Boomkat Product Review:
Bunita Marcus is subject of a first vinyl release with her ‘Lecture For Jo Kondo’, written for Morton’s group, Feldman & Soloists and premiered in 1985, and now accompanied by a dramatic new David August deconstruction .
“Not a lecture in the literal or recognisable sense, the piece is dedicated to the Japanese composer Jo Kondo, who was a friend and exchanger-of-ideas with Marcus. “I think it is a demonstration of the serial patterning I developed by being inspired by his Kondo's ‘Standing’ and how that just messes with your mind”, says Bunita, adding the following:
“’Lecture For Jo Kondo’ was conceived as an instrumental work. The voice part is just another instrument – an optional instrument at that. This isn’t a work where I took a text and wrote music to it. I wrote the music, heard and sensed a speaking part, but it took me a few years to get text that worked in this context. I met the Nico Vassilakis and got to love his work, so I added a speaking part using excerpts from his poem ‘Lowered and Illuminated.’
Musically and compositionally innovative, LFJK? is one of the first works to use consonance in the second half of the 20th century that was not tonal. It also introduces the idea of serialism as an aspect of neuroscience: “This is something that Jo and I had in common. This piece is based in complex theories I am calling ‘serialism’ and showing how Repetition + Mutation = Patterning. It is this patterning that is the basis of musical language and thought”, explains Marcus.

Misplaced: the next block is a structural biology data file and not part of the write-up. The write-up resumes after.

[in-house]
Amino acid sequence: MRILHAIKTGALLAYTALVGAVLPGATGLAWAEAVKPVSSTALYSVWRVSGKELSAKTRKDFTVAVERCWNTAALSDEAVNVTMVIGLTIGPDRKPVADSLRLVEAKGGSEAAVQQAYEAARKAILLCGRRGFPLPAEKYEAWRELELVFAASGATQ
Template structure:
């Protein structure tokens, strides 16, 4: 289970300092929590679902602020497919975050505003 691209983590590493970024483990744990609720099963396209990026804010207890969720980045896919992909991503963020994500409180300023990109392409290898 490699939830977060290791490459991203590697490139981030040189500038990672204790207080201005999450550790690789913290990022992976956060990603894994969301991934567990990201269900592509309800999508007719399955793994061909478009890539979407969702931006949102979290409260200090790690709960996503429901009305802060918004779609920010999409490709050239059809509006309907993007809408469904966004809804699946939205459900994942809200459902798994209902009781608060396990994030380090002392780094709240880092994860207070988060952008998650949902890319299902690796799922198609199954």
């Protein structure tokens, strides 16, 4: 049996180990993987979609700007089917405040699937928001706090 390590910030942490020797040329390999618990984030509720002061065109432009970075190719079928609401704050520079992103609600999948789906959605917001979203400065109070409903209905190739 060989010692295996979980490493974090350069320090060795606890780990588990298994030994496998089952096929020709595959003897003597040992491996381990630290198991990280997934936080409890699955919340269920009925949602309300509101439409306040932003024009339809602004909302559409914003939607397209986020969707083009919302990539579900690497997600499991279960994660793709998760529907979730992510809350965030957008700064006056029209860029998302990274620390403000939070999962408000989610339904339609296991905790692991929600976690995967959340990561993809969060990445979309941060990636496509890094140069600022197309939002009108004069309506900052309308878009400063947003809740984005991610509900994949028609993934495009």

Taking listeners into a sound space unlike any they’ve been to before, the 20 plus minute piece is both dissonant and beautiful. The prominent broad strokes of LFJK are an alternating exchange between Bunita’s voice performance and Adapter Ensemble’s sound clusters, where a repetitive violin refrain at the fore is joined by flute, percussion and piano.
99Chants label owner and notable electronic musician David August provides a more machine-based deconstruction, changing most of the instrumentation and sound design, but maintaining the same narrative. He transports the listener through different environments, all equally connecting to Bunita’s voice, but changing the point of view. Within the release’s illuminating artwork is August’s visual score for his version, where traditional notation is replaced by a Kandinsky-esque abstract diagram.”